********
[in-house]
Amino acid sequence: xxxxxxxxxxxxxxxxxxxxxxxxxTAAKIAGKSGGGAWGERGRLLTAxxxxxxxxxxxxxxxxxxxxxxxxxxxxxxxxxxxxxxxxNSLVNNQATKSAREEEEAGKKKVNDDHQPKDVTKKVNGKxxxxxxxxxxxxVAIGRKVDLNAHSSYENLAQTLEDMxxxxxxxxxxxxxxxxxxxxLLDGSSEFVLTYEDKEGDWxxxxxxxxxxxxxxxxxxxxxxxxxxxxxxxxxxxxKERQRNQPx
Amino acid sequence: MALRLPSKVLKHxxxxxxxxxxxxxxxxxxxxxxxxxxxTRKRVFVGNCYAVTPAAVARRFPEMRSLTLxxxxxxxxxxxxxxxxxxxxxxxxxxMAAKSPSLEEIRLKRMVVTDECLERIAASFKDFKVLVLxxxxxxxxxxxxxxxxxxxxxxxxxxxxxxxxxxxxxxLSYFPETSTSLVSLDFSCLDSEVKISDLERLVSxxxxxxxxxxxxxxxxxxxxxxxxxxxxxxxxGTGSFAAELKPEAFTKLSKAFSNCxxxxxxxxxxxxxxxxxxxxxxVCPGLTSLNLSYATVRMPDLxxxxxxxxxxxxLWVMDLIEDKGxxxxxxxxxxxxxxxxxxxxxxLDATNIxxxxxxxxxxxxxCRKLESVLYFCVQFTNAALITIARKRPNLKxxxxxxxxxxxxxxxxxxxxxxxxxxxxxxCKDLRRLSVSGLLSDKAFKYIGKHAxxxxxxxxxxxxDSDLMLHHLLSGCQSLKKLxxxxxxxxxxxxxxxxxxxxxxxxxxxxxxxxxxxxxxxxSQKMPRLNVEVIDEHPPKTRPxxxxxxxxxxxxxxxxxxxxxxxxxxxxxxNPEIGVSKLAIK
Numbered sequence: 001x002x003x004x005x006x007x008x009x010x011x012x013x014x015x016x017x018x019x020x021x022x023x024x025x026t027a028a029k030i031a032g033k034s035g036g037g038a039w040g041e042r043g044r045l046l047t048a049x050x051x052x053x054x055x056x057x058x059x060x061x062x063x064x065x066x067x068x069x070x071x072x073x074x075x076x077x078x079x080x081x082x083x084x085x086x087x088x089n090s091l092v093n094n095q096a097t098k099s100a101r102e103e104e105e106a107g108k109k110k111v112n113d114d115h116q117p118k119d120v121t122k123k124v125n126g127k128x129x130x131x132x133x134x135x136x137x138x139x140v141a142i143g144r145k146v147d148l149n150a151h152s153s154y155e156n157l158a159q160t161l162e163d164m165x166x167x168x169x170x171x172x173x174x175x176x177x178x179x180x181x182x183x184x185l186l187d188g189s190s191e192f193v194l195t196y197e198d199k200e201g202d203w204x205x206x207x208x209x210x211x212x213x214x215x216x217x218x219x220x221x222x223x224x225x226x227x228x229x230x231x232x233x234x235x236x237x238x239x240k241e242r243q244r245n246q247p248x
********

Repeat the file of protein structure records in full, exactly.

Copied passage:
[in-house]
Amino acid sequence: xxxxxxxxxxxxxxxxxxxxxxxxxTAAKIAGKSGGGAWGERGRLLTAxxxxxxxxxxxxxxxxxxxxxxxxxxxxxxxxxxxxxxxxNSLVNNQATKSAREEEEAGKKKVNDDHQPKDVTKKVNGKxxxxxxxxxxxxVAIGRKVDLNAHSSYENLAQTLEDMxxxxxxxxxxxxxxxxxxxxLLDGSSEFVLTYEDKEGDWxxxxxxxxxxxxxxxxxxxxxxxxxxxxxxxxxxxxKERQRNQPx
Amino acid sequence: MALRLPSKVLKHxxxxxxxxxxxxxxxxxxxxxxxxxxxTRKRVFVGNCYAVTPAAVARRFPEMRSLTLxxxxxxxxxxxxxxxxxxxxxxxxxxMAAKSPSLEEIRLKRMVVTDECLERIAASFKDFKVLVLxxxxxxxxxxxxxxxxxxxxxxxxxxxxxxxxxxxxxxLSYFPETSTSLVSLDFSCLDSEVKISDLERLVSxxxxxxxxxxxxxxxxxxxxxxxxxxxxxxxxGTGSFAAELKPEAFTKLSKAFSNCxxxxxxxxxxxxxxxxxxxxxxVCPGLTSLNLSYATVRMPDLxxxxxxxxxxxxLWVMDLIEDKGxxxxxxxxxxxxxxxxxxxxxxLDATNIxxxxxxxxxxxxxCRKLESVLYFCVQFTNAALITIARKRPNLKxxxxxxxxxxxxxxxxxxxxxxxxxxxxxxCKDLRRLSVSGLLSDKAFKYIGKHAxxxxxxxxxxxxDSDLMLHHLLSGCQSLKKLxxxxxxxxxxxxxxxxxxxxxxxxxxxxxxxxxxxxxxxxSQKMPRLNVEVIDEHPPKTRPxxxxxxxxxxxxxxxxxxxxxxxxxxxxxxNPEIGVSKLAIK
Numbered sequence: 001x002x003x004x005x006x007x008x009x010x011x012x013x014x015x016x017x018x019x020x021x022x023x024x025x026t027a028a029k030i031a032g033k034s035g036g037g038a039w040g041e042r043g044r045l046l047t048a049x050x051x052x053x054x055x056x057x058x059x060x061x062x063x064x065x066x067x068x069x070x071x072x073x074x075x076x077x078x079x080x081x082x083x084x085x086x087x088x089n090s091l092v093n094n095q096a097t098k099s100a101r102e103e104e105e106a107g108k109k110k111v112n113d114d115h116q117p118k119d120v121t122k123k124v125n126g127k128x129x130x131x132x133x134x135x136x137x138x139x140v141a142i143g144r145k146v147d148l149n150a151h152s153s154y155e156n157l158a159q160t161l162e163d164m165x166x167x168x169x170x171x172x173x174x175x176x177x178x179x180x181x182x183x184x185l186l187d188g189s190s191e192f193v194l195t196y197e198d199k200e201g202d203w204x205x206x207x208x209x210x211x212x213x214x215x216x217x218x219x220x221x222x223x224x225x226x227x228x229x230x231x232x233x234x235x236x237x238x239x240k241e242r243q244r245n246q247p248x